Perhaps not since "Dewey Defeats Truman" has the nation awoken to newspaper headlines so wrong. "Alive! Miners beat odds" screams the USA Today, reporting that twelve West Virginia miners trapped by an explosion had been rescued after 41 hours. Many other papers, including The New York Time, The Washington Post and The Los Angeles Times carried similar information. And it was the news many cable news watchers drifted off to sleep to as well, as happy family members told of their joy and relief.
We now know that news turned dramatically in the wee hours of the morning, after several hours of celebration, the families and the press learned that all but one of those miners were dead. What has followed this morning has been a lot of confusion, not to mention plenty of anger directed at officials in charge of the rescue operation and the media. Exactly how the misinformation got out and became so widely accepted is not yet clear. What is evident though is we're in for a day of examination. PE will get back to this story with more a little later, but we leave you with this opening shot at the press from Editor & Publisher's Greg Mitchell:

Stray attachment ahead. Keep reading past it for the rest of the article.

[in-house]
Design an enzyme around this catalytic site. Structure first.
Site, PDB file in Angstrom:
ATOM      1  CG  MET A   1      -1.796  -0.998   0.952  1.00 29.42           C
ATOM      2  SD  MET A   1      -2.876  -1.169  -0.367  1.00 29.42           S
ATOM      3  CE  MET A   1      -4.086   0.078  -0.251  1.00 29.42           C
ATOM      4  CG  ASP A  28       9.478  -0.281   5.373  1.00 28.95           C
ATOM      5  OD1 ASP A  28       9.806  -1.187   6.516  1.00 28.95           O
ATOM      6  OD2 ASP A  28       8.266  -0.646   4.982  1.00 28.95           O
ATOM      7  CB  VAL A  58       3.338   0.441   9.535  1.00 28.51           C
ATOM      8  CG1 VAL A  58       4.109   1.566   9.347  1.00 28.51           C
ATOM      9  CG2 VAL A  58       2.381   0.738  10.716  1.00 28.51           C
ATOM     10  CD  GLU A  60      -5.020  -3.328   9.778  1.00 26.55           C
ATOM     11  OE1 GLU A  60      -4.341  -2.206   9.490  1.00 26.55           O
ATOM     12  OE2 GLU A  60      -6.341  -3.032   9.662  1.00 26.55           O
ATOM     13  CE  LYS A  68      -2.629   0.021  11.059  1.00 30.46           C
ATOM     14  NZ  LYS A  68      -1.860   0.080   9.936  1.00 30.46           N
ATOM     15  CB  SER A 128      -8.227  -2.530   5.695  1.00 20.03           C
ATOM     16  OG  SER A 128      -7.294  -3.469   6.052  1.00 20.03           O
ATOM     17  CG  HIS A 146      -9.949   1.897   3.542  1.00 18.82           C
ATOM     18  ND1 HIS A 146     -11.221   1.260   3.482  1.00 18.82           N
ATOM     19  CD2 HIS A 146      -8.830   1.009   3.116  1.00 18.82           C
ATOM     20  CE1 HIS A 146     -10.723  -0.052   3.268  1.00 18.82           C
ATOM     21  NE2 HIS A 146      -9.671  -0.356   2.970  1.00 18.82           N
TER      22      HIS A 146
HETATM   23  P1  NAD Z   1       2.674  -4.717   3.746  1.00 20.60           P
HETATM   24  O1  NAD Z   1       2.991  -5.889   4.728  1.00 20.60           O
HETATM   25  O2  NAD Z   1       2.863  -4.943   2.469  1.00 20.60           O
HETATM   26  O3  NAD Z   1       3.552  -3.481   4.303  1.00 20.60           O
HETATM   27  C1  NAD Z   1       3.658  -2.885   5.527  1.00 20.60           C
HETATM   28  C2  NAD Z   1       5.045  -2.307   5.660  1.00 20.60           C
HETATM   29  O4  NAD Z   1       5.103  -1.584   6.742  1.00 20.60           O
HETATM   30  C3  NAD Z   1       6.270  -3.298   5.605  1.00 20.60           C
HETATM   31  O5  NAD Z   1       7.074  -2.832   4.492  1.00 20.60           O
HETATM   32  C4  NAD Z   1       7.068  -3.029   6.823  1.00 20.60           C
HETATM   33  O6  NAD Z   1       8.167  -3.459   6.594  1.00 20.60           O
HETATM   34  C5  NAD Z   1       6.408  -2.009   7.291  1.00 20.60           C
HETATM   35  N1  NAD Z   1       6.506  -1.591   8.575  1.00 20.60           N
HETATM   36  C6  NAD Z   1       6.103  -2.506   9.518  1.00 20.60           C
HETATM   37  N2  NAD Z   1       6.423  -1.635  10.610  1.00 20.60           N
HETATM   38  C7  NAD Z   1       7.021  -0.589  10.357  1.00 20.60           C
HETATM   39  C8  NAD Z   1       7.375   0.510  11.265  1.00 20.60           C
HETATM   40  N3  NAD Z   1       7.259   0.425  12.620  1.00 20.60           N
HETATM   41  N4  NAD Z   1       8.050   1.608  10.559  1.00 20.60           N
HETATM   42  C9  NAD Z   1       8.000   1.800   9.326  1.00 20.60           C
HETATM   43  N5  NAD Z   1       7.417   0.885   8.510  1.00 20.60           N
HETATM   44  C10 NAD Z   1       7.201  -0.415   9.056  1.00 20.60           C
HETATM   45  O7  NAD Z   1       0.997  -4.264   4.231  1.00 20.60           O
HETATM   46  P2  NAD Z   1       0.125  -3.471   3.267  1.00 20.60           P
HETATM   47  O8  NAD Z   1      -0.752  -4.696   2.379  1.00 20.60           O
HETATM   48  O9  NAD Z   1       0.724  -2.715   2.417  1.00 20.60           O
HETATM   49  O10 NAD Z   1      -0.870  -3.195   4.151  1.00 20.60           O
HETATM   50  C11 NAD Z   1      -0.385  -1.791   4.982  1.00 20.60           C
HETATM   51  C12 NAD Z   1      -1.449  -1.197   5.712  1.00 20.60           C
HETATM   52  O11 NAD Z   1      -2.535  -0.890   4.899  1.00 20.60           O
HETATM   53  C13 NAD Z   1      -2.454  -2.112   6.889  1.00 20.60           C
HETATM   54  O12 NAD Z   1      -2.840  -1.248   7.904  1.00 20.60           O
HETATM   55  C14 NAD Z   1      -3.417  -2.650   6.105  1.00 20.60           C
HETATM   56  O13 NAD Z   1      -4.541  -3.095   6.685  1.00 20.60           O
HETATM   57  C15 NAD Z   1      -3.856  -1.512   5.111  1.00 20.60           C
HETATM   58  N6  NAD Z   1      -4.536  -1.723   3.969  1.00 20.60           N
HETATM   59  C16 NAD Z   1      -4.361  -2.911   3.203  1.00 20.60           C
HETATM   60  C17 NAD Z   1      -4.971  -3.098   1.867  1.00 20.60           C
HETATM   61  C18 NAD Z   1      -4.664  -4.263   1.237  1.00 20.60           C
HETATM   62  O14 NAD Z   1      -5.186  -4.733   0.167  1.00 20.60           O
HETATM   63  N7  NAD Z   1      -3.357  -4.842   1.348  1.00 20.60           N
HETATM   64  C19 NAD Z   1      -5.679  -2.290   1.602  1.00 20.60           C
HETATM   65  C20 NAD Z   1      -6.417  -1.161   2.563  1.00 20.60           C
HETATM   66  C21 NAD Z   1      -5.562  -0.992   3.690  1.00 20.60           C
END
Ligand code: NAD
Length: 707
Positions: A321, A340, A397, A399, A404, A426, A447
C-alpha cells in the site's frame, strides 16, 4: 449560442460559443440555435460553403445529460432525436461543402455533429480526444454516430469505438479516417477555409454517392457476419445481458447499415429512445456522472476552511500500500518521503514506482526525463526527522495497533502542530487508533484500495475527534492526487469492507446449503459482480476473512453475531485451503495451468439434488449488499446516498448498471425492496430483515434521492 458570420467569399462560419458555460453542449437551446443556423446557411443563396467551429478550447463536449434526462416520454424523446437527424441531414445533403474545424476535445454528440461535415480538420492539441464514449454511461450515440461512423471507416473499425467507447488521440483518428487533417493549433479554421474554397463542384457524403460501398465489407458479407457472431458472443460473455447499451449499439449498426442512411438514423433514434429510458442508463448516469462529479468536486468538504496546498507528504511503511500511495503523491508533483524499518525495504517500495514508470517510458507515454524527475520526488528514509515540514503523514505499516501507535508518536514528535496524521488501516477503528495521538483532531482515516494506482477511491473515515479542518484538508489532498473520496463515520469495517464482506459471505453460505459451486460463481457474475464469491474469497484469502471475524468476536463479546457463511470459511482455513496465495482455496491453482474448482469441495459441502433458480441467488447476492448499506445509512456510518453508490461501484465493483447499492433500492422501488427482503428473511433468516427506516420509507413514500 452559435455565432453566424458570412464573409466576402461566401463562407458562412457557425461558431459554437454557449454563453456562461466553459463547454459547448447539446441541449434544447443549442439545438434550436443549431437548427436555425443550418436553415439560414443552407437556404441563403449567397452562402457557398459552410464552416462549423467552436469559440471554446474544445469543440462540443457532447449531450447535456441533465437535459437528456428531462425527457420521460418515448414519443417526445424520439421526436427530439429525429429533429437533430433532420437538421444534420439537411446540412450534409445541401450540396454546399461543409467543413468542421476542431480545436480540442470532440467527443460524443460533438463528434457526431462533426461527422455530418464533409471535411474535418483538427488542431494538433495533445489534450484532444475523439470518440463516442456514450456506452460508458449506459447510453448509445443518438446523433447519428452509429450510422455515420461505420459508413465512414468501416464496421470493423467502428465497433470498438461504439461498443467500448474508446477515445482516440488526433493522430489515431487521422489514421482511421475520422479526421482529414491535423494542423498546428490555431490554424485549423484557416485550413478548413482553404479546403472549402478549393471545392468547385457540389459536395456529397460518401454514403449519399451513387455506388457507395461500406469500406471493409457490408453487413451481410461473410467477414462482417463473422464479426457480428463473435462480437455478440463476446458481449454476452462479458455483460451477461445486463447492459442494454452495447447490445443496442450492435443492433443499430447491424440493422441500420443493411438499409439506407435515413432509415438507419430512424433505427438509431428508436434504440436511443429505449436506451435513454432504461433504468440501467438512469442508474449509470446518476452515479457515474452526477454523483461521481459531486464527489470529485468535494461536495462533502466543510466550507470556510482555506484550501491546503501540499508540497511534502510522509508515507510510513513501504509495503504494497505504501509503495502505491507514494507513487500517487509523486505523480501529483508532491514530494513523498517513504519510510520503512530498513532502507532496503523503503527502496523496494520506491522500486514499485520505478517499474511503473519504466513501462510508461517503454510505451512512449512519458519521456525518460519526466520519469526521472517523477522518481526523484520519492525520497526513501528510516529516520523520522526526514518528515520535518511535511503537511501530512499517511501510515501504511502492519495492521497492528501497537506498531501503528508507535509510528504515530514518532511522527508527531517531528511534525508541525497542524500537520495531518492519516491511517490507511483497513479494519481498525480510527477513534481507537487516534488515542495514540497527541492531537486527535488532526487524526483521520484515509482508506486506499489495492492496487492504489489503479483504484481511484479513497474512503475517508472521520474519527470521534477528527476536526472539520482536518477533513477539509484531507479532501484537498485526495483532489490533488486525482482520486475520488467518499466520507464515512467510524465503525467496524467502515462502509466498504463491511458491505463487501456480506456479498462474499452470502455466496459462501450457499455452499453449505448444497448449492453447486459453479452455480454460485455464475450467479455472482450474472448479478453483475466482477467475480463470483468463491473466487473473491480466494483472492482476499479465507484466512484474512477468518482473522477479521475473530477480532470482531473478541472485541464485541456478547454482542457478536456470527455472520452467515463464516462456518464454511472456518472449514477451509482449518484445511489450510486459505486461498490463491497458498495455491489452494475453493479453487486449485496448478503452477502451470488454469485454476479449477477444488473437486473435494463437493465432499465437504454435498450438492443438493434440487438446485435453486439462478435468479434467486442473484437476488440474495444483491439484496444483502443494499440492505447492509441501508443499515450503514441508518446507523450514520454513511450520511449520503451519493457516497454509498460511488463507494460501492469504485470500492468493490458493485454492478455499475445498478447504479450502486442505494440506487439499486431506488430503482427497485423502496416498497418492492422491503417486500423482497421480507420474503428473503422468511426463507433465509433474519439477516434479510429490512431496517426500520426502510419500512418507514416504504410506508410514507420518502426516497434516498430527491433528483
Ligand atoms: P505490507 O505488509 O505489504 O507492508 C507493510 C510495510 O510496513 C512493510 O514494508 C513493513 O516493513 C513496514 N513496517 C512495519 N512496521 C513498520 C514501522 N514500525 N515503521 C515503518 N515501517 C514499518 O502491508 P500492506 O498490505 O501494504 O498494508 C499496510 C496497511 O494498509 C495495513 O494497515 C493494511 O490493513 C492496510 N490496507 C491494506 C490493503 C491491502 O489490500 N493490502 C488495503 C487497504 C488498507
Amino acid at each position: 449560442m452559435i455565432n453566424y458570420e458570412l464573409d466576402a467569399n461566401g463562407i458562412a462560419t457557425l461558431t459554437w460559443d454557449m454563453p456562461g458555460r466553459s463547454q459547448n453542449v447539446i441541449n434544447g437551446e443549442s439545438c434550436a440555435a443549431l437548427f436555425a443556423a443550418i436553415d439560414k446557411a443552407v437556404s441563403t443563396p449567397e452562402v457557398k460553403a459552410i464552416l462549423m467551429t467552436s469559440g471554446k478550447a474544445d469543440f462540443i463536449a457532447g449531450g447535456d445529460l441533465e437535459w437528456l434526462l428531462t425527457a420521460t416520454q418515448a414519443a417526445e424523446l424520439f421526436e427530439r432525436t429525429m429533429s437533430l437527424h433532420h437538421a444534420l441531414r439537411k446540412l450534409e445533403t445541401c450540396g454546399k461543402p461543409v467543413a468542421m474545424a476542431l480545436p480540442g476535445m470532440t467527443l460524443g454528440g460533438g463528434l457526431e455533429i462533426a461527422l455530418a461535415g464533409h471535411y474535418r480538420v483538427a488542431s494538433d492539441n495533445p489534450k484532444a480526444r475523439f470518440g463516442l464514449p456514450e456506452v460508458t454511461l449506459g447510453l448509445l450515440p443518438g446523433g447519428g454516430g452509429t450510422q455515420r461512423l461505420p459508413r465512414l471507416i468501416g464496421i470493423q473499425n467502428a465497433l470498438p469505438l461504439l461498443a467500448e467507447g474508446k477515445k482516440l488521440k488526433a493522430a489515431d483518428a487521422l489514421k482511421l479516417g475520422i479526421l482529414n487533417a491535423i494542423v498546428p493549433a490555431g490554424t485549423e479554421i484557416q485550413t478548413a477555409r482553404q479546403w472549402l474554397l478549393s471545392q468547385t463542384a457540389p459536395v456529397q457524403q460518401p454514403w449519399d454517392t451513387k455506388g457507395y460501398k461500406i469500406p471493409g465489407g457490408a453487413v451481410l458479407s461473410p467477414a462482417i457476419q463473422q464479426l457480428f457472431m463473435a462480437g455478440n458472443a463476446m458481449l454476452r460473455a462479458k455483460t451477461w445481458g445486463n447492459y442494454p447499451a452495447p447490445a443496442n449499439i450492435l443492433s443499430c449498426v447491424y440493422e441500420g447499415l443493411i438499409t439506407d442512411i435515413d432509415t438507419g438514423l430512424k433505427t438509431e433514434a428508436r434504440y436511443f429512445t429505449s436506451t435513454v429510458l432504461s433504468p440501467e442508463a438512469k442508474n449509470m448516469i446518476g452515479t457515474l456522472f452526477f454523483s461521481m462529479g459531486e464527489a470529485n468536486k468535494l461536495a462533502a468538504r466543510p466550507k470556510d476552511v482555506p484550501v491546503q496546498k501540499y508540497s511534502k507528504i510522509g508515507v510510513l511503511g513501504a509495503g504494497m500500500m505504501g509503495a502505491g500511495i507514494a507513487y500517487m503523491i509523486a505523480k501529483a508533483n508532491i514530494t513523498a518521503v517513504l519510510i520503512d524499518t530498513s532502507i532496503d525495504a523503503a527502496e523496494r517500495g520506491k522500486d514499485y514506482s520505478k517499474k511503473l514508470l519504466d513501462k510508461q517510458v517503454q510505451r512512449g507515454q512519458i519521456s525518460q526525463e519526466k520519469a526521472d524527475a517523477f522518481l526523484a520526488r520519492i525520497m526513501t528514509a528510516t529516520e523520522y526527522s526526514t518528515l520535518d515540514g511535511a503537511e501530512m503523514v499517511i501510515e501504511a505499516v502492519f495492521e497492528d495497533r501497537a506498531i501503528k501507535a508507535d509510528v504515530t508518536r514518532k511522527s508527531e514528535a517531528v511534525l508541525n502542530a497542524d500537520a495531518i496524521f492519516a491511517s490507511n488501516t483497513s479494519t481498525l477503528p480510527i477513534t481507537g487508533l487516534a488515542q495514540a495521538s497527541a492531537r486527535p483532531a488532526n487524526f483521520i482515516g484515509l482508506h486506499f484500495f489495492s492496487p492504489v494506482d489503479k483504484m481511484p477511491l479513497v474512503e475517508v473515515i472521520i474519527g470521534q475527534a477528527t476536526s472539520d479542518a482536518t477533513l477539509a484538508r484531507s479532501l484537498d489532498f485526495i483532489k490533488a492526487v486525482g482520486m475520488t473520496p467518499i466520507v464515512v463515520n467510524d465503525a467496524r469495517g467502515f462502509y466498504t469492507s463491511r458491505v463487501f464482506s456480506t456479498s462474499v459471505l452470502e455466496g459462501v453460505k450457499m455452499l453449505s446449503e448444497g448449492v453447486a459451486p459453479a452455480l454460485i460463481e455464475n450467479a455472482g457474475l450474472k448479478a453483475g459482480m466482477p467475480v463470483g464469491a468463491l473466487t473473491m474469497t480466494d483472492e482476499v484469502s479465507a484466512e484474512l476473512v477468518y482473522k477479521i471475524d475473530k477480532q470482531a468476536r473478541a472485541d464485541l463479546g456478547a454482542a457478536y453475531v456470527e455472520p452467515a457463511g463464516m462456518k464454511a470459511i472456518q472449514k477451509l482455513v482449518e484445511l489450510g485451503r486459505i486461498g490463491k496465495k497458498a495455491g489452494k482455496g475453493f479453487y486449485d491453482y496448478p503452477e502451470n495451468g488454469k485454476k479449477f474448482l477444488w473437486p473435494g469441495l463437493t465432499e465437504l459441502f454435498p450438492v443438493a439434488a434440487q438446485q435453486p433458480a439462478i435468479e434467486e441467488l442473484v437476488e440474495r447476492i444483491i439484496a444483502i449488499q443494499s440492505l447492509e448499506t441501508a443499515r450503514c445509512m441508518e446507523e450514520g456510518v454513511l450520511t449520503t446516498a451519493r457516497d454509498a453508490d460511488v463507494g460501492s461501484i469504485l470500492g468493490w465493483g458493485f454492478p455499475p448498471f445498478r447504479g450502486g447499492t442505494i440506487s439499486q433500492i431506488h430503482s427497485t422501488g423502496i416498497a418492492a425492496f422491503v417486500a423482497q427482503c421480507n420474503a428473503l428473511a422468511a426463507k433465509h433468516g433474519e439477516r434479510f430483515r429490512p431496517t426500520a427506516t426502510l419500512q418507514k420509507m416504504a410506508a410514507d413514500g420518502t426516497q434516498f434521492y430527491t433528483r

"In one of the most disturbing and disgraceful media performances of this type in recent years, television and newspapers carried the tragically wrong news late Tuesday and early Wednesday that 12 of 13 trapped coal miners in West Virginia had been found alive and safe. Hours later they had to reverse course, often blaming the mix-up on 'miscommunication.'"What do you think?